To receive disability benefits, SSI and DIB claimants must be "disabled" as defined by the Act. See 42 U.S.C. § 423(a)(1)(D); 42 U.S.C. § 1382(a); Pope v. Shalala, 998 F.2d 473, 477 (7th Cir. 1993). An individual is "disabled" if she is unable "to engage in any substantial gainful activity by reason of any medically determinable physical or mental impairment which can be expected to result in death or which has lasted or can be expected to last for a continuous period of not less than 12 months." See 42 U.S.C. § 423(d)(1)(A); 20 C.F.R. § 404.1505(a). See also Jones v. Shalala, 10 F.3d 522, 523-24 (7th Cir. 1993). To satisfy this definition, an individual must have a severe impairment that renders her unable to do her previous work or any other substantial gainful activity that exists in the national economy. See 20 C.F.R. § 404.1505(a).

  The Social Security regulations delineate a five-step process for determining whether a claimant is disabled within the meaning of the Act. See 20 C.F.R. § 404.1520. The ALJ first considers whether the claimant is presently employed or "engaged in substantial gainful activity." 20 C.F.R. § 404.1520(b). If she is, the claimant is not disabled and the evaluation process is over; if she is not, the ALJ next addresses whether the claimant has a severe impairment or combination of impairments which "significantly limits . . . physical or mental ability to do basic work activities." 20 C.F.R. § 404.1520(c). Third, the ALJ determines whether that severe impairment meets any of the impairments listed in the regulations. 20 C.F.R. Pt. 404, Subpt. P, App.1. If it does, then the impairment is acknowledged by the Commissioner to be conclusively disabling. See Brewer, 103 F.3d at 1391.

  If the impairment does not so limit the claimant's remaining capabilities, the fourth step is Page 20 that the ALJ reviews the claimant's RFC and the physical and mental demands of her past work. RFC is a measure of what an individual can do despite the limitations imposed by her impairments. See 20 C.F.R. § 404.1545(a), 416.945(a). See also Social Security Ruling 96-8p (1996). If the claimant can perform her past relevant work, she. will be found not disabled. See 20 C.F.R. § 404.1520(e).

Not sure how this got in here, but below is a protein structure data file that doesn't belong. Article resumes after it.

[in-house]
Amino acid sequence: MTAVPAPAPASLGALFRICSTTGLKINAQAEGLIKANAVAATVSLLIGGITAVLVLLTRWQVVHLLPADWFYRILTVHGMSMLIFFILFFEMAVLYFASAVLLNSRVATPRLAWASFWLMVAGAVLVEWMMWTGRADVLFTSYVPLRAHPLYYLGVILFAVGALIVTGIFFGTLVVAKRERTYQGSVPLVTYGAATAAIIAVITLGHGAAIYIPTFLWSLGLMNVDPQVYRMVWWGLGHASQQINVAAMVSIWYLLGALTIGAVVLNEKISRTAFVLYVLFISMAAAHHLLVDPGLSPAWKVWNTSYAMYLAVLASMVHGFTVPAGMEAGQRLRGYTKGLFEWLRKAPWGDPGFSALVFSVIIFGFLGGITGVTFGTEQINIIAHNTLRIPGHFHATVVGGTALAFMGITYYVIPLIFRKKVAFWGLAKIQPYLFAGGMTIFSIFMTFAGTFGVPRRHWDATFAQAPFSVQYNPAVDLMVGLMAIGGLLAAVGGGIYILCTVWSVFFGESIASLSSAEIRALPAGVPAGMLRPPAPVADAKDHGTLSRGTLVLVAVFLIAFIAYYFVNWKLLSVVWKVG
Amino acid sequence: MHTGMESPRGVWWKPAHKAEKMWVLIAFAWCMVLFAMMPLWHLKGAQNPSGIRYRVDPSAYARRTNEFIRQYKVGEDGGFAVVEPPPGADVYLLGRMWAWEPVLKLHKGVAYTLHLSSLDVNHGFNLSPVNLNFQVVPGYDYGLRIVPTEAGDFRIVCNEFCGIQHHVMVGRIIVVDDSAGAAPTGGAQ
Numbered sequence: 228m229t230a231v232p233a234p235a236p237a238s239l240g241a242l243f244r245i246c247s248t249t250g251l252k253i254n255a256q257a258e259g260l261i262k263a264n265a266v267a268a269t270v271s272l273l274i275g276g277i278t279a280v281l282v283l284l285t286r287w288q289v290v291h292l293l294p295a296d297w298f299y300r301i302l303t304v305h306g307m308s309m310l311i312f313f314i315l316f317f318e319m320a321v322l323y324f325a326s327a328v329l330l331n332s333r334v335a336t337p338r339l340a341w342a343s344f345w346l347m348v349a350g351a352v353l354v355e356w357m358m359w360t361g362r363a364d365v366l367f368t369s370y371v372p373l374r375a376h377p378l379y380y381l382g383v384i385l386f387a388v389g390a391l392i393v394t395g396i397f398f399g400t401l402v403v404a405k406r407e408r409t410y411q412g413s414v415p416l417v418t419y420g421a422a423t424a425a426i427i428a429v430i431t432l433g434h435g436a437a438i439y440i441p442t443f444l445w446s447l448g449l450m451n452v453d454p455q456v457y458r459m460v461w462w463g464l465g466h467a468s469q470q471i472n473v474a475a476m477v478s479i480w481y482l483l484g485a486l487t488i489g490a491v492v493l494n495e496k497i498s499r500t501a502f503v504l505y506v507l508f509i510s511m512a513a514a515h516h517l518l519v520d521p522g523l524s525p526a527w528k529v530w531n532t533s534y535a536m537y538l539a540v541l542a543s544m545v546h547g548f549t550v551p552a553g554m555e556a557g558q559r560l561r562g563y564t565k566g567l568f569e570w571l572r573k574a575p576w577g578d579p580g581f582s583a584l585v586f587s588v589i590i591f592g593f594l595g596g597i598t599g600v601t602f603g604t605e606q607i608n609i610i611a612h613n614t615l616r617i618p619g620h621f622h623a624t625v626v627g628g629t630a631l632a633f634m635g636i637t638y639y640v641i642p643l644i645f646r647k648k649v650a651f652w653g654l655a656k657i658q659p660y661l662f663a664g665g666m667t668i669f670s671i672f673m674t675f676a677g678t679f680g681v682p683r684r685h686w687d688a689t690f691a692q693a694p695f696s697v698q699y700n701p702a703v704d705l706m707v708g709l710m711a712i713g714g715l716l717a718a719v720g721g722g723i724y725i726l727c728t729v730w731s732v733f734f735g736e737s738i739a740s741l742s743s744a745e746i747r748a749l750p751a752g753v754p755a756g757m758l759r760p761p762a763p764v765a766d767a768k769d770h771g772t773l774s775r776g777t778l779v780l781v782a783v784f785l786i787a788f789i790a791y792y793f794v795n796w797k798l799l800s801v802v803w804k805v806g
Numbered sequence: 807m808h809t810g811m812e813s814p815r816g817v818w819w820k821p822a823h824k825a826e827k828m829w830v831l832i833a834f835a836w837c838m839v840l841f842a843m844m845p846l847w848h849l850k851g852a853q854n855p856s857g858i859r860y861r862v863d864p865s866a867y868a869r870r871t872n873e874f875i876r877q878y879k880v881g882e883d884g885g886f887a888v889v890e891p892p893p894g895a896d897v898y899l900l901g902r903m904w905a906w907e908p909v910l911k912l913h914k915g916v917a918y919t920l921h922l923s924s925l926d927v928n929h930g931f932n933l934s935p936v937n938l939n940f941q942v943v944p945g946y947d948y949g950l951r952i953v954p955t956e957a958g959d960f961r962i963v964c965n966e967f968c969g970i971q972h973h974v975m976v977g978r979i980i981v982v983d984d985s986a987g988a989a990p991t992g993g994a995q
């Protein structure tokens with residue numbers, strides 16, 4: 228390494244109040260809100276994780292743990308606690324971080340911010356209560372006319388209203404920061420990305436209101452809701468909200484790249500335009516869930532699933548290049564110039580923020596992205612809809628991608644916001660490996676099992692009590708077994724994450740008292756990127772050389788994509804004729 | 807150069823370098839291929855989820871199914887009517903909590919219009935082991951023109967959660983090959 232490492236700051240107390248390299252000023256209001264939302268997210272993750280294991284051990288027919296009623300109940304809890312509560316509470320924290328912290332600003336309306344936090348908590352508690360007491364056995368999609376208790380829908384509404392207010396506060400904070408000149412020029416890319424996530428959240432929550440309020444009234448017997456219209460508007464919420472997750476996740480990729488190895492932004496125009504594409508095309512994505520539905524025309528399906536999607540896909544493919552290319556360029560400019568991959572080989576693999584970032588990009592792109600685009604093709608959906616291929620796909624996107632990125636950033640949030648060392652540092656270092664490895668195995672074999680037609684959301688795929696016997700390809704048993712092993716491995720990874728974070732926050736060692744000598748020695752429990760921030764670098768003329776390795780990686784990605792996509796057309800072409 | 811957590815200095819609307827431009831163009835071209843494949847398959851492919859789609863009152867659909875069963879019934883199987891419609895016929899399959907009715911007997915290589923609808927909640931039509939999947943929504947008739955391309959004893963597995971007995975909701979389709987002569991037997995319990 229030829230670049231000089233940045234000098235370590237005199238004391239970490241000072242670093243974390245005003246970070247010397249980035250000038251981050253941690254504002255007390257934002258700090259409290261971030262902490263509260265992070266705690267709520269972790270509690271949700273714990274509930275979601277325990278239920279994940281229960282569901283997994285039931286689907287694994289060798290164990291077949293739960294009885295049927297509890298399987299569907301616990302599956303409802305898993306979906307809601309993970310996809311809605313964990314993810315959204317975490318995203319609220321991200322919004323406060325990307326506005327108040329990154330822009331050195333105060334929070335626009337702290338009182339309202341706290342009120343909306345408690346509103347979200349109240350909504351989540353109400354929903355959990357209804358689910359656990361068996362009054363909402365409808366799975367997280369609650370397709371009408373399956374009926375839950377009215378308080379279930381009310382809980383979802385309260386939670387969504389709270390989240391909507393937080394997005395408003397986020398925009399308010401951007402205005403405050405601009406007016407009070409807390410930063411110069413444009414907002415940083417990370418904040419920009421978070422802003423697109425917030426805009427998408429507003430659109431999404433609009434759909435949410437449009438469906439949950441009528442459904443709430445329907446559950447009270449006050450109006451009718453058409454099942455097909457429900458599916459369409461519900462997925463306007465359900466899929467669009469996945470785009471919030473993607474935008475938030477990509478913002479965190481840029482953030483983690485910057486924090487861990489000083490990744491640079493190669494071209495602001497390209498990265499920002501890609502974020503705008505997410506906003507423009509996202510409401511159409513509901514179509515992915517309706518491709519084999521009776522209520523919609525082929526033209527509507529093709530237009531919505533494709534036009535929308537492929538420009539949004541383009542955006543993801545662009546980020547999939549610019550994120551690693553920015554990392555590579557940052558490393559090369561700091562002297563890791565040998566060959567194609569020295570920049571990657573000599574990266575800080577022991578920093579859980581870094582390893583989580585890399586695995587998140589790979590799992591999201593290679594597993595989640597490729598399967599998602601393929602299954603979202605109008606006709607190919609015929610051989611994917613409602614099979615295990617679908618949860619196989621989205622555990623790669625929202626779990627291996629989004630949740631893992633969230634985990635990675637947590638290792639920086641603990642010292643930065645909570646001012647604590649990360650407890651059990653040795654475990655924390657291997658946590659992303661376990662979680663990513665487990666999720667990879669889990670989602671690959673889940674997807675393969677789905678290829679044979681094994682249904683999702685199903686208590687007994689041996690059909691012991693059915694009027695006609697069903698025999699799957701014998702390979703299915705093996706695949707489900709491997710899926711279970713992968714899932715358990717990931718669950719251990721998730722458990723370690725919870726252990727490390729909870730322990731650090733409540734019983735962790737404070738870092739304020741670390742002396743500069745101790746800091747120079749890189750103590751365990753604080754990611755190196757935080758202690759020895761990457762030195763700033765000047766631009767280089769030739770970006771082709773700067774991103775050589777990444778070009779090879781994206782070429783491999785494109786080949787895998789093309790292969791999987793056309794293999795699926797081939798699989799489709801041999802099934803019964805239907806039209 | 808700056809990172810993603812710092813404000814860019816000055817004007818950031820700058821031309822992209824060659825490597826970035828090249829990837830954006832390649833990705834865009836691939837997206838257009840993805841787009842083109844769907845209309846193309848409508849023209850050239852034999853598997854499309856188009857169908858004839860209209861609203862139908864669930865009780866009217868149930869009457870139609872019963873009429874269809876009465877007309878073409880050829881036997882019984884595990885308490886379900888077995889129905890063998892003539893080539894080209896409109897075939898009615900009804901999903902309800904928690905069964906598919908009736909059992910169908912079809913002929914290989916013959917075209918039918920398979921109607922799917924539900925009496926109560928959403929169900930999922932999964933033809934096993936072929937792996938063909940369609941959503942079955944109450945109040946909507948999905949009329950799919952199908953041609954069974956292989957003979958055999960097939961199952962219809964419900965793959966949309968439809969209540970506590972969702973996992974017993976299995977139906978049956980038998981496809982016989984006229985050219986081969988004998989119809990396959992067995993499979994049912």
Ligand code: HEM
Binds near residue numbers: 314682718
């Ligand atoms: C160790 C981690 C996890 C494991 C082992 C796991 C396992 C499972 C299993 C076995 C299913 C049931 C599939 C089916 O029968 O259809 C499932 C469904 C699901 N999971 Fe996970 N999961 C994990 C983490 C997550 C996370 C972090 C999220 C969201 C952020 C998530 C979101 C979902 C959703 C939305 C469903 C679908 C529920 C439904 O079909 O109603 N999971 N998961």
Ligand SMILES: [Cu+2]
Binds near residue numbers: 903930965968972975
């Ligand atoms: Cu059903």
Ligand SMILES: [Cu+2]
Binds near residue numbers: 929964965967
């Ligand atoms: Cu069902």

For the fifth step, if the claimant shows that her impairment is so severe that she is unable to engage in her past relevant work, then the burden of proof shifts to the Commissioner to establish that the claimant — in light of her age, education, job experience and functional capacity to work — is capable of performing other work and that such work exists in the national economy. See 42 U.S.C. § 423(d)(2); 20 C.F.R. § 404.1520(f). See also Brewer, 103 F.3d at 1391.

  ANALYSIS

  Plaintiff seeks reversal or remand of the ALJ's decision finding that she is not disabled.

  Upon review of the record and applying the applicable legal standard(s), the Court finds that an outright reversal is not warranted. Separately, as it relates to remand, Plaintiff alleges inter alia that: (1) the ALJ ignored evidence favorable to Plaintiff; and (2) the ALJ's credibility determination of Plaintiff is insufficient as a matter of law and patently wrong. (PL's Mem. at 8-15.)

 I. THE ALJ IMPERMISSIBLY IGNORED OR FAILED TO ADDRESS RELEVANT MEDICAL EVIDENCE IN DETERMINING THAT PLAINTIFF WAS CAPABLE OF PERFORMING A LIMITED RANGE OF MEDIUM WORK.

  Plaintiff avers that the ALJ ignored significant objective medical evidence that was favorable to her disability claim(s). (PL's Mem. at 14.) For example, the ALJ failed to consider and properly interpret medical evidence related to inter alia Plaintiff's documented reduced range of motion of her lumbosacral spine, joint and nerve disorders, of her lower back and spine, loss of sensation to Page 21 touch on her left calf area, and tenderness of her lower back. (Id.) Defendant, on the other hand, asserts that the ALJ properly acknowledged such medical findings which included inter alia Plaintiff's back disorders (i.e., May, 1998 X-ray showing spondylolisthesis of L5-S1 and marked narrowing of the L5-S1 vertebral disc spaces), decreased range of lumbar motion,*fn25 positive straight leg raising test, and abnormal chest X-ray examination. (Def.'s Mem. at 16.) Thus, according to Defendant, given the record as a whole, the ALJ reasonably concluded that Plaintiff could perform a limited range of medium work. (Def.'s Mem. at 16-17; R.16-18.)